The New Americans is a seven-hour American documentary, produced by Kartemquin Films, that was originally broadcast on American television over three nights on the Public Broadcasting Service (PBS) in late March 2004.
The observational documentary, which includes minimal voice-over narration and very little direct interviewing of its subjects (and none in which the interviewer's voice is heard), follows the lives of a series of immigrants to the United States over the course of four years. The series was filmed between 1998 and 2001, although not all of its subjects were filmed during that entire length of time. The immigrants were filmed both in their countries of origin before immigrating as well as in the United States. The filming during this period was extensive and occurred in the subjects' homes, at their places of work, in government offices, and in a number of other situations, many of them quite intimate. As a result, The New Americans offers an unusually personal and comprehensive look at the people it profiles.
The immigrants profiled and filmed in The New Americans include a group of baseball players from the Dominican Republic hoping to secure a career in Major League Baseball; a computer programmer from India and his wife; a family with six children from a farming community in the state of Guanajuato, Mexico; a family of Ogoni refugees from Nigeria; and a woman from Palestine who moves to the United States to be with her new husband, a first-generation Palestinian-American who grew up in Chicago.
The locations shown in the documentary include not only each of the immigrants' countries of origin, but also many places in the United States where the immigrants settled or traveled, including Chicago (the Palestinian and Nigerian immigrants), the Silicon Valley of California (the Indian immigrants), Garden City, Kansas and Mecca, California (the Mexican immigrants), and Florida, Georgia and Montana (the Dominican immigrants).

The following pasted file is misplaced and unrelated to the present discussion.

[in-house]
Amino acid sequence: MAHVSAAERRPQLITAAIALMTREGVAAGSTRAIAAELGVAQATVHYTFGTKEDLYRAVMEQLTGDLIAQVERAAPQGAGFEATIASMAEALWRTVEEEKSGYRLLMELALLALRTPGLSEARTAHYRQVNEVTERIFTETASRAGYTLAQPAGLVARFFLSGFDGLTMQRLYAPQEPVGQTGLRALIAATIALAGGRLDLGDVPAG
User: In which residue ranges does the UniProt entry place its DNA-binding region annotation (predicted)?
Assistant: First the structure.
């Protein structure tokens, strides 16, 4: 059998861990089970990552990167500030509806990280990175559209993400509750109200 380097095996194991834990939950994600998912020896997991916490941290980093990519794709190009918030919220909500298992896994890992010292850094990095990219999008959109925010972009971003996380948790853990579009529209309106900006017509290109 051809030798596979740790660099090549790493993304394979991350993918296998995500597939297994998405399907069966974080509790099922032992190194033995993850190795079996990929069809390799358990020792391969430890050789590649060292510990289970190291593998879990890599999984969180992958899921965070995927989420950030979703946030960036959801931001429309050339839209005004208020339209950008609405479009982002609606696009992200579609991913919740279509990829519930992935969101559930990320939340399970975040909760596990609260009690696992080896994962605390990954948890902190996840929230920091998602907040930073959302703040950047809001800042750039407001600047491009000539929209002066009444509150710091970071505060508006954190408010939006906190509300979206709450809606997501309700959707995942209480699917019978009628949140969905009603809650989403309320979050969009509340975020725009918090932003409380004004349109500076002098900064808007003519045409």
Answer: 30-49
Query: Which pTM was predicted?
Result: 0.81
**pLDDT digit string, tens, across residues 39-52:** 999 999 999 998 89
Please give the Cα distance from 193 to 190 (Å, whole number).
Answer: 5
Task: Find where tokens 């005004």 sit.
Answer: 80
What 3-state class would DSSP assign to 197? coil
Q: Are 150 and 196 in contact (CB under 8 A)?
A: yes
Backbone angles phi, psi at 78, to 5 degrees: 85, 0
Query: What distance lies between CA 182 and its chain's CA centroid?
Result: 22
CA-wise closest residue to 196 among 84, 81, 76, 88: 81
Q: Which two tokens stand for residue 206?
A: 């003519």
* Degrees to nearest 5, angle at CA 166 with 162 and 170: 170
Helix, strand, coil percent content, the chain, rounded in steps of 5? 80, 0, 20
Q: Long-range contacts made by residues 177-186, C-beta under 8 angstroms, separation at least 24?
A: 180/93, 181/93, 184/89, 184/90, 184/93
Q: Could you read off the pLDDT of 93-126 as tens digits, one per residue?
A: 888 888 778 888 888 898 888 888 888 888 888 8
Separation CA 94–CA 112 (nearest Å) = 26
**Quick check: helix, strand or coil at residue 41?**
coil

The New Americans was executive produced by Steve James (who also produced the acclaimed 1994 documentary Hoop Dreams) and Gordon Quinn, both of Kartemquin Films. It was broadcast on PBS as part of the series Independent Lens, in association with the Independent Television Service (ITVS). The program was also broadcast in the United Kingdom on the cable network BBC Four in early April 2004.
Steve James on the making of the New Americans, “From the beginning, we knew we wanted to tell multiple stories, because every immigrant I’ve met has a very rich and varied story to tell about where they come from. We also were excited about the idea of telling these people’s stories before they left their countries so that we could begin to understand these people in their own country before they gave it all up to come here. They’re all facing different problems different dreams, so there’s that diversity too. They’re a nice collection of stories because their differences and similarities.”
Primary funding was provided by the Corporation for Public Broadcasting (CPB). Additional major funding was provided by The John D. and Catherine T. MacArthur Foundation, the Annie E. Casey Foundation and PBS. Additional funding also came from the National Endowment of the Arts, BBC, Nick Fraser, SBS, TV Australia, and VPRO, The Netherlands. The New Americans is a presentation of ITVS in association with Latino Public Broadcasting (LPB) and Asian Women United/National Asian American Telecommunications Association (NAATA).
The New Americans won a variety of awards including: The Chicago Award for Best Chicago or Illinois Production, Chicago International Television Competition (2004); Gold Hugo for Best Overall Production, Chicago International Television Competition 2004]; Best Limited Series, Distinguished Documentary Achievement Awards, International Documentary Association (IDA) (2004); and the Christopher Award, TV/Cable Category, (2005).